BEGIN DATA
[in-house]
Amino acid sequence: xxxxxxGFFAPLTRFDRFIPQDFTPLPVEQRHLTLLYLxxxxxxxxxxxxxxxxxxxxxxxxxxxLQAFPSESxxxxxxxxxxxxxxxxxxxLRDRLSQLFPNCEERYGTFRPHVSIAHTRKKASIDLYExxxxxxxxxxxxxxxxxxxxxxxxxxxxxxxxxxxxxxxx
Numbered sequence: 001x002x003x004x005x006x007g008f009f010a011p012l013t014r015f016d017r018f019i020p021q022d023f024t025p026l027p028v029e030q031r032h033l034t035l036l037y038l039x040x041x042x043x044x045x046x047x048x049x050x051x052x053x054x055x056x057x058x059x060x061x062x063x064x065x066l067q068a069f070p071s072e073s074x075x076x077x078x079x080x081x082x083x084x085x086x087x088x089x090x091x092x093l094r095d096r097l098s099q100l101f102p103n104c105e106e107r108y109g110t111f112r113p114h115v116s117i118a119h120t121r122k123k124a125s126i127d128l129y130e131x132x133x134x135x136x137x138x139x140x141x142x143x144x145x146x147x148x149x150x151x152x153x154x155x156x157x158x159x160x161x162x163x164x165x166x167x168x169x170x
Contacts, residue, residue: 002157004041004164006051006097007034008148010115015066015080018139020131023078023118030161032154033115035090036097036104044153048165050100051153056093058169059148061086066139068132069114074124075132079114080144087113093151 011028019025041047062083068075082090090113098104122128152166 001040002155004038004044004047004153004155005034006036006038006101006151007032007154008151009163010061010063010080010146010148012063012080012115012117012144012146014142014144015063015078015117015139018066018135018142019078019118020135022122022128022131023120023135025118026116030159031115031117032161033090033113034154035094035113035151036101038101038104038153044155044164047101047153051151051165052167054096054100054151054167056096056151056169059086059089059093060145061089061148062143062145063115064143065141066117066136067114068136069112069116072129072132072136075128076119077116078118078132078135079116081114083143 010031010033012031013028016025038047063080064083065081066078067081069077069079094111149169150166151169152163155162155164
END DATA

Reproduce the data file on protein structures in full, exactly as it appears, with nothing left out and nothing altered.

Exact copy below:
[in-house]
Amino acid sequence: xxxxxxGFFAPLTRFDRFIPQDFTPLPVEQRHLTLLYLxxxxxxxxxxxxxxxxxxxxxxxxxxxLQAFPSESxxxxxxxxxxxxxxxxxxxLRDRLSQLFPNCEERYGTFRPHVSIAHTRKKASIDLYExxxxxxxxxxxxxxxxxxxxxxxxxxxxxxxxxxxxxxxx
Numbered sequence: 001x002x003x004x005x006x007g008f009f010a011p012l013t014r015f016d017r018f019i020p021q022d023f024t025p026l027p028v029e030q031r032h033l034t035l036l037y038l039x040x041x042x043x044x045x046x047x048x049x050x051x052x053x054x055x056x057x058x059x060x061x062x063x064x065x066l067q068a069f070p071s072e073s074x075x076x077x078x079x080x081x082x083x084x085x086x087x088x089x090x091x092x093l094r095d096r097l098s099q100l101f102p103n104c105e106e107r108y109g110t111f112r113p114h115v116s117i118a119h120t121r122k123k124a125s126i127d128l129y130e131x132x133x134x135x136x137x138x139x140x141x142x143x144x145x146x147x148x149x150x151x152x153x154x155x156x157x158x159x160x161x162x163x164x165x166x167x168x169x170x
Contacts, residue, residue: 002157004041004164006051006097007034008148010115015066015080018139020131023078023118030161032154033115035090036097036104044153048165050100051153056093058169059148061086066139068132069114074124075132079114080144087113093151 011028019025041047062083068075082090090113098104122128152166 001040002155004038004044004047004153004155005034006036006038006101006151007032007154008151009163010061010063010080010146010148012063012080012115012117012144012146014142014144015063015078015117015139018066018135018142019078019118020135022122022128022131023120023135025118026116030159031115031117032161033090033113034154035094035113035151036101038101038104038153044155044164047101047153051151051165052167054096054100054151054167056096056151056169059086059089059093060145061089061148062143062145063115064143065141066117066136067114068136069112069116072129072132072136075128076119077116078118078132078135079116081114083143 010031010033012031013028016025038047063080064083065081066078067081069077069079094111149169150166151169152163155162155164